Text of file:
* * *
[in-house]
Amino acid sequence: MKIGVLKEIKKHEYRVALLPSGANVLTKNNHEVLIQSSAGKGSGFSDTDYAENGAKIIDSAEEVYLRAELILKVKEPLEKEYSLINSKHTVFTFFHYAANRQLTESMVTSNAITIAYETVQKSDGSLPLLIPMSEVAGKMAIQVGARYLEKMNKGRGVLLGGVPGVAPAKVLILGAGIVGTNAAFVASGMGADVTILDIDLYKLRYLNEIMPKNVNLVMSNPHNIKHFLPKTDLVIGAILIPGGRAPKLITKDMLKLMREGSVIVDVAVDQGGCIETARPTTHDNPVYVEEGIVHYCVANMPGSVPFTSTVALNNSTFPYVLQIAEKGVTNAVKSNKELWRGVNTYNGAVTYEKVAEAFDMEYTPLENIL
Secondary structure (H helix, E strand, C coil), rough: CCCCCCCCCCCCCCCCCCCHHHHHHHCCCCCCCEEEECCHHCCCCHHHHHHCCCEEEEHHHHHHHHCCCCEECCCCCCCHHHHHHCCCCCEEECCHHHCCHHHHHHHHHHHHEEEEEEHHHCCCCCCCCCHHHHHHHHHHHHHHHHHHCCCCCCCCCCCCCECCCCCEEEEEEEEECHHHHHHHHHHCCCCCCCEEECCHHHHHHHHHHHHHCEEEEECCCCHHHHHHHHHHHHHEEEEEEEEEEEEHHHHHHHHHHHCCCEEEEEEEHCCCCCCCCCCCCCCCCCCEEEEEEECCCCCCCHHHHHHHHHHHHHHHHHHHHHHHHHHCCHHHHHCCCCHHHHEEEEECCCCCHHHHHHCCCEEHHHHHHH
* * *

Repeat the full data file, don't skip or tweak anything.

[in-house]
Amino acid sequence: MKIGVLKEIKKHEYRVALLPSGANVLTKNNHEVLIQSSAGKGSGFSDTDYAENGAKIIDSAEEVYLRAELILKVKEPLEKEYSLINSKHTVFTFFHYAANRQLTESMVTSNAITIAYETVQKSDGSLPLLIPMSEVAGKMAIQVGARYLEKMNKGRGVLLGGVPGVAPAKVLILGAGIVGTNAAFVASGMGADVTILDIDLYKLRYLNEIMPKNVNLVMSNPHNIKHFLPKTDLVIGAILIPGGRAPKLITKDMLKLMREGSVIVDVAVDQGGCIETARPTTHDNPVYVEEGIVHYCVANMPGSVPFTSTVALNNSTFPYVLQIAEKGVTNAVKSNKELWRGVNTYNGAVTYEKVAEAFDMEYTPLENIL
Secondary structure (H helix, E strand, C coil), rough: CCCCCCCCCCCCCCCCCCCHHHHHHHCCCCCCCEEEECCHHCCCCHHHHHHCCCEEEEHHHHHHHHCCCCEECCCCCCCHHHHHHCCCCCEEECCHHHCCHHHHHHHHHHHHEEEEEEHHHCCCCCCCCCHHHHHHHHHHHHHHHHHHCCCCCCCCCCCCCECCCCCEEEEEEEEECHHHHHHHHHHCCCCCCCEEECCHHHHHHHHHHHHHCEEEEECCCCHHHHHHHHHHHHHEEEEEEEEEEEEHHHHHHHHHHHCCCEEEEEEEHCCCCCCCCCCCCCCCCCCEEEEEEECCCCCCCHHHHHHHHHHHHHHHHHHHHHHHHHHCCHHHHHCCCCHHHHEEEEECCCCCHHHHHHCCCEEHHHHHHH